When you first get started in photography you usually take photos just for personal enjoyment but it isn’t long before the urge to share them with others take holds. You may start off sharing them within a closed group close to you, such as with your Facebook friends. This usually results in OTT praise for your photos. After all, if you are sharing them with your friends, most don’t want to jeopardise the friendship by criticising something as trivial as a photograph, so they pump out a ‘like’, usually backed up with some statement laden with emojis. But, more positively, they may genuinely praise your work because it’s good, or because they want to encourage you to develop this ability.
Whatever the reason, sharing photos within a closed group of friends usually results in significant praise and adulation. With your photographic confidence boosted from this, you then think about taking the next step of sharing them publicly.
Fear and Disappointment
It’s actually a bit nerve-wracking when you first come to take this step. You know in the back of your mind that people close to you may have given you praise just because they are close to you, and the fear and doubts in your mind creep in as you think the general public may not be so complimentary. What if they say the photos are rubbish?
However, regardless of that you take the step and start uploading them publicly to something like Flickr or Instagram. And boom, the fear is quickly replaced by disappointment. The disappointment that nobody takes any interest in your photos. You may get a few views and likes if you upload to Instagram just because it is a frenzy of ‘liking’ activity on there, but in most cases, your precious photos, that your friends so highly praised, just bomb.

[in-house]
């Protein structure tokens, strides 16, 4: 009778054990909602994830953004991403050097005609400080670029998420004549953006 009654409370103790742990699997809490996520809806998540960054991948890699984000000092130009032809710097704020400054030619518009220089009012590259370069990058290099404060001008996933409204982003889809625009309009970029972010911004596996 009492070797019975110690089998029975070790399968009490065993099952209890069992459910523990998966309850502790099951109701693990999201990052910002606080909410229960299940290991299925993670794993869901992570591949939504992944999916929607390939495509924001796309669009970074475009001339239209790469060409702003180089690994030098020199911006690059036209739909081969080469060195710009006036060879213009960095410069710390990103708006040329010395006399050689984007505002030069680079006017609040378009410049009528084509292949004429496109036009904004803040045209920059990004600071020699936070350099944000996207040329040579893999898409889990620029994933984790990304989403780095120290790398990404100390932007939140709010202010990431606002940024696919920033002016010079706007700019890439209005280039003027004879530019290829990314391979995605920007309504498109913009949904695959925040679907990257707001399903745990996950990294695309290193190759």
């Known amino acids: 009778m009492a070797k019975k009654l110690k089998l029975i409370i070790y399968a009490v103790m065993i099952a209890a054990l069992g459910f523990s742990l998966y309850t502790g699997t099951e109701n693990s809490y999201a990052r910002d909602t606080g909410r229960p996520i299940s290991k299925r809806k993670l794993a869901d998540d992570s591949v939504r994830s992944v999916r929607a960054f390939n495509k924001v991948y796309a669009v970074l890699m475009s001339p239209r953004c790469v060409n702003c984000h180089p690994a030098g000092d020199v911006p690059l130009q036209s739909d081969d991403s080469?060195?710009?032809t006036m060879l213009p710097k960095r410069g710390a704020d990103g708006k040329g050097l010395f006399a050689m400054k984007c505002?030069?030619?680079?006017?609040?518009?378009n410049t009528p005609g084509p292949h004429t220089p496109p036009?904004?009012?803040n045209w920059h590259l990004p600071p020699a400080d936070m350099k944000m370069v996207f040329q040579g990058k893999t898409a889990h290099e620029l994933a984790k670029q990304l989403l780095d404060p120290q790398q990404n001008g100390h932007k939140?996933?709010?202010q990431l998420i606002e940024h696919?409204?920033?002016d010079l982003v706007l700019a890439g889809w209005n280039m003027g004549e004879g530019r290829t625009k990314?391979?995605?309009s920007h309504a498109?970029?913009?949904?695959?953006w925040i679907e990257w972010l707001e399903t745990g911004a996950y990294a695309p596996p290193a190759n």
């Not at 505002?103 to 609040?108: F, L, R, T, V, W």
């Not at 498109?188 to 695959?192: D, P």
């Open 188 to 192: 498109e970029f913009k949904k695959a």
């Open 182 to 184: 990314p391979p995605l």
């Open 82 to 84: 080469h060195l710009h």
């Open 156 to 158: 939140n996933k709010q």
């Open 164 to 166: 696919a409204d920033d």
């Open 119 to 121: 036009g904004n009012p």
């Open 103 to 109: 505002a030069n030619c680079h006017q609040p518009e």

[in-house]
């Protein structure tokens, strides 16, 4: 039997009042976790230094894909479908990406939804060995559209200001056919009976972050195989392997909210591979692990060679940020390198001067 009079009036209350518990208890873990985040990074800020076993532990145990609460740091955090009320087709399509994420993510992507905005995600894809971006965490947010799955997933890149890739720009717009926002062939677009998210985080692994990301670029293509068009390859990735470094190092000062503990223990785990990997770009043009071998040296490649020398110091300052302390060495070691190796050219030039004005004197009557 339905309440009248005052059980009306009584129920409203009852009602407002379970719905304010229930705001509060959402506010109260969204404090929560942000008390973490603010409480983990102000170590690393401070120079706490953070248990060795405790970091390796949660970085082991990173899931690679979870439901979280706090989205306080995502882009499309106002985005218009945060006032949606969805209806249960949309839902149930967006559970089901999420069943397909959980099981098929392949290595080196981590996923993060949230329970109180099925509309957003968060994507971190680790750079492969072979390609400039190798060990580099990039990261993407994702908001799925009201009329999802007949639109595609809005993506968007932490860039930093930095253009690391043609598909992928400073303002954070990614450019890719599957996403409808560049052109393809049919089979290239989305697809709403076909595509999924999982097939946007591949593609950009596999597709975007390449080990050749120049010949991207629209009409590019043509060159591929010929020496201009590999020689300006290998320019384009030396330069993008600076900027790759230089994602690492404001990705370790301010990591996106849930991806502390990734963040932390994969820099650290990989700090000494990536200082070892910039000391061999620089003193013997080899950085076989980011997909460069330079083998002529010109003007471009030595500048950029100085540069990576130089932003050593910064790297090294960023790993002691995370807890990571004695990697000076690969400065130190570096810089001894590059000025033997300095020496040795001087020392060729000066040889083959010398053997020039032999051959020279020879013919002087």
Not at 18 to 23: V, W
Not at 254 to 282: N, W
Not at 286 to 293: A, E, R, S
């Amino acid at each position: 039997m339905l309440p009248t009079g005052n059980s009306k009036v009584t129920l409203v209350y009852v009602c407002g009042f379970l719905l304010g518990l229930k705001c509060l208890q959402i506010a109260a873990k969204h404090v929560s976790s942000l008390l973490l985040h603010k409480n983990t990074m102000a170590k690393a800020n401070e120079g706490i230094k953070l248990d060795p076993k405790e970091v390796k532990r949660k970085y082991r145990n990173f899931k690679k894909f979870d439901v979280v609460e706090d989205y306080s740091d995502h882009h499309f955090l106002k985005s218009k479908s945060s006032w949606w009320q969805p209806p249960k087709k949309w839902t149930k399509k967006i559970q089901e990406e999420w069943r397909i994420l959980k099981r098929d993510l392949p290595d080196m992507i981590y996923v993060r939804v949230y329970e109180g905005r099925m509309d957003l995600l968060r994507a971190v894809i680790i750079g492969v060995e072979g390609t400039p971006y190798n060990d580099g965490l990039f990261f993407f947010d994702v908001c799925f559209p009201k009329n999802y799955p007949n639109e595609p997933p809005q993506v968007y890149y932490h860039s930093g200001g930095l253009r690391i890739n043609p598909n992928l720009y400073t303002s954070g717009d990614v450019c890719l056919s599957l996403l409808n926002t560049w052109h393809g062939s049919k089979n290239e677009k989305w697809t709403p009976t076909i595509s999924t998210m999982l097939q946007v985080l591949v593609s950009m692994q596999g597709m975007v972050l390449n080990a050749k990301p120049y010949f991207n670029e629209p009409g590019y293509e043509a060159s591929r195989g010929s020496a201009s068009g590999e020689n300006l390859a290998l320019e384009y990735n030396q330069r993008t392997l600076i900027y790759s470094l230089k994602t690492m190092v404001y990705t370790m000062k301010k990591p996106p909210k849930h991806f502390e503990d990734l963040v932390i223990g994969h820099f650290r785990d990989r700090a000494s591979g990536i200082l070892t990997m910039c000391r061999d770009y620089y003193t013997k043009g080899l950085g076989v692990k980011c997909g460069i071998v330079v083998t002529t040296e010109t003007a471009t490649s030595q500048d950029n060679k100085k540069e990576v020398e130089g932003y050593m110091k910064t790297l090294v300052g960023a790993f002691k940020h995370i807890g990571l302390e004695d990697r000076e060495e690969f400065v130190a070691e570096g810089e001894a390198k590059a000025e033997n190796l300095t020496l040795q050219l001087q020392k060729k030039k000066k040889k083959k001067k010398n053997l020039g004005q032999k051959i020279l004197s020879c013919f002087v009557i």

As an example, this is the first photo I ever uploaded to Flickr. It’s pretty dull but not too bad. In 6 years it has garnered a fairly dire 441 views, no likes, and no comments.
Conversely, here is my most popular one on Flickr. A bit twee but a nice photo. Although there is a gulf in popularity, is there a similar gulf in quality?
Yes, it i disappointing when nobody views your photos, but if you think about it rationally you realise there are millions of photos being uploaded on these sites daily. If you have no followers, are many people going to actually view it in the maelstrom of all these images?
Gaining a Following
After uploading a few photos and with followers not manifesting at a tremendous rate, you realise you have to put a bit of work in to gain a following. You try uploading your best photos and still nothing much. You try advancing your photographic skills to take better photos, and still not much. You now realise you have to do something else to gain followers and popularity. This is the point that you have to start putting yourself about a bit. (to coin a phrase used much in ‘The Sweeney’) A quick search on Google will tell you how to quickly gain followers. It’s easy, just like, comment and follow other users and there is a good chance they will reciprocate. It really is that easy.